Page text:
Myeloproliferative neoplasms (MPN) patients share driver mutations in JAK2, MPL or CALR genes leading to the activation of the thrombopoietin receptor (TPOR) and downstream signaling pathways. JAK2 mutation drives all the three major entities of MPN (Polycythemia Vera, Essential Thrombocythemia and Primary Myelofibrosis) through the constitutive activation of TPOR, erythropoietin (EPOR) and colony stimulating factor 3 receptor (CSF3R) signaling. MPL is a proto-oncogene encoding for TPOR, the hematopoietic growth factor receptor of myeloid stem cells. MPL mutants induce the stable dimerization of TPOR that in turn activate JAK2 and the thrombopoietin pathway. The thrombopoietin pathway plays an important role in the development of megakaryocytes and platelets as well as the self-renewal of hematopoietic stem cells. Little wonder therefore that mutations of MPL result in thrombocytosis, leading to an abnormal MPL trafficking or receptor activation. Finally, some extremely rare germline genetic variants in MPL can induce MPN-like hereditary disease. Against this molecular background, TPOR is a key actor in the MPN development and MPL mutations are of major relevance to fully elucidate the molecular mechanisms underlying the clinical manifestations of MPN and to arrange novel therapeutic strategies aiming to disrupt the dysegulated signaling cascade. This chapter will focus on the role MPL in the pathogenesis of MPN and in familial thrombocytosis and will review these different subtypes of somatic and germline genetic variants by dissecting how they impact clinical phenotype.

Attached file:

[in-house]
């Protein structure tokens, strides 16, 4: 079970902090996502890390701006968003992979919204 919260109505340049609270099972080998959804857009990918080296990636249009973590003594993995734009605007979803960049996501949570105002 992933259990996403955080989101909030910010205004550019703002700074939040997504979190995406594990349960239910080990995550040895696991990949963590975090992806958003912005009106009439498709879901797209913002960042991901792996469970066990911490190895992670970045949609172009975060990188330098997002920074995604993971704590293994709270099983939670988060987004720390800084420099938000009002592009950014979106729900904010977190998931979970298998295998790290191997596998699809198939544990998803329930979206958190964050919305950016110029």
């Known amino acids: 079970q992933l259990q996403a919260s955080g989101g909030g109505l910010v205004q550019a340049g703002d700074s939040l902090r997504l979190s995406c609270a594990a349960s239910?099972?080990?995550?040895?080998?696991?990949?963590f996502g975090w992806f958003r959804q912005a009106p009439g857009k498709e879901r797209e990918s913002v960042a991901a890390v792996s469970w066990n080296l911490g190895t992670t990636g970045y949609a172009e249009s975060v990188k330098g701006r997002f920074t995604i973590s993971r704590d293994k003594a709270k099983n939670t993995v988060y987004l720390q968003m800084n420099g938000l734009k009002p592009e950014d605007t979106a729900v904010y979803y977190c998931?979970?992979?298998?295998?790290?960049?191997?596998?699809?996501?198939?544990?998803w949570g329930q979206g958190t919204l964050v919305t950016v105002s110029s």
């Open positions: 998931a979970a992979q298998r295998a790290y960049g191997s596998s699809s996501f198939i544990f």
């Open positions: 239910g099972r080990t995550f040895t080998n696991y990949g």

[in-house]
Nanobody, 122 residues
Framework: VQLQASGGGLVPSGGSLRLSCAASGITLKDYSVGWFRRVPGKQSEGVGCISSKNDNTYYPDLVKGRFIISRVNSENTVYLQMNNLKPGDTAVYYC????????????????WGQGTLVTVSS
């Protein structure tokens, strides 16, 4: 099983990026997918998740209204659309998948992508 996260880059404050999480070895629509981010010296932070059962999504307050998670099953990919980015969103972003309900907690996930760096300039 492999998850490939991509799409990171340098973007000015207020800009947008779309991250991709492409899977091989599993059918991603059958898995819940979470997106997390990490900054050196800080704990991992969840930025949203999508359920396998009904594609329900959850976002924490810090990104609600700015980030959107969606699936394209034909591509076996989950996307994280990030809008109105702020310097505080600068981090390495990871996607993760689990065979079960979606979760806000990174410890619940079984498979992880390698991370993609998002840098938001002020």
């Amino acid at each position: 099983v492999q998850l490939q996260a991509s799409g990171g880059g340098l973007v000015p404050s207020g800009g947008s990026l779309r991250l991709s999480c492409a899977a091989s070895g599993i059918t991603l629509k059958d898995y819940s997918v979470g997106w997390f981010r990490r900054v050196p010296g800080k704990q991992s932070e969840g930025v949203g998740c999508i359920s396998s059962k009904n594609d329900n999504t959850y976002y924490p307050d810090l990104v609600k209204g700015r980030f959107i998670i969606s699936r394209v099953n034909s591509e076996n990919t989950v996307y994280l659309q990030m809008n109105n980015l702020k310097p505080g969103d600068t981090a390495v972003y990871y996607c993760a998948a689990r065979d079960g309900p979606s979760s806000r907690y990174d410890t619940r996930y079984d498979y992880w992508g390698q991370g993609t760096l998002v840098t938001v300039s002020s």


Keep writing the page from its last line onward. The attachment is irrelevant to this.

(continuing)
The MPL mutation / Guglielmelli, Paola; Calabresi, Laura. - ELETTRONICO. - (2021), pp. 163-178. [10.1016/bs.ircmb.2021.09.003]

The MPL mutation

Guglielmelli, Paola
Writing – Review & Editing
;
Calabresi, Laura
Writing – Review & Editing
2021

Abstract

Myeloproliferative neoplasms (MPN) patients share driver mutations in JAK2, MPL or CALR genes leading to the activation of the thrombopoietin receptor (TPOR) and downstream signaling pathways. JAK2 mutation drives all the three major entities of MPN (Polycythemia Vera, Essential Thrombocythemia and Primary Myelofibrosis) through the constitutive activation of TPOR, erythropoietin (EPOR) and colony stimulating factor 3 receptor (CSF3R) signaling. MPL is a proto-oncogene encoding for TPOR, the hematopoietic growth factor receptor of myeloid stem cells. MPL mutants induce the stable dimerization of TPOR that in turn activate JAK2 and the thrombopoietin pathway. The thrombopoietin pathway plays an important role in the development of megakaryocytes and platelets as well as the self-renewal of hematopoietic stem cells. Little wonder therefore that mutations of MPL result in thrombocytosis, leading to an abnormal MPL trafficking or receptor activation. Finally, some extremely rare germline genetic variants in MPL can induce MPN-like hereditary disease. Against this molecular background, TPOR is a key actor in the MPN development and MPL mutations are of major relevance to fully elucidate the molecular mechanisms underlying the clinical manifestations of MPN and to arrange novel therapeutic strategies aiming to disrupt the dysegulated signaling cascade. This chapter will focus on the role MPL in the pathogenesis of MPN and in familial thrombocytosis and will review these different subtypes of somatic and germline genetic variants by dissecting how they impact clinical phenotype.
2021
Philadelphia-negative myeloproliferative neoplasms: From origins to new perspectives
163
178
Guglielmelli, Paola; Calabresi, Laura
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Utilizza questo identificatore per citare o creare un link a questa risorsa: https://hdl.handle.net/2158/1286299
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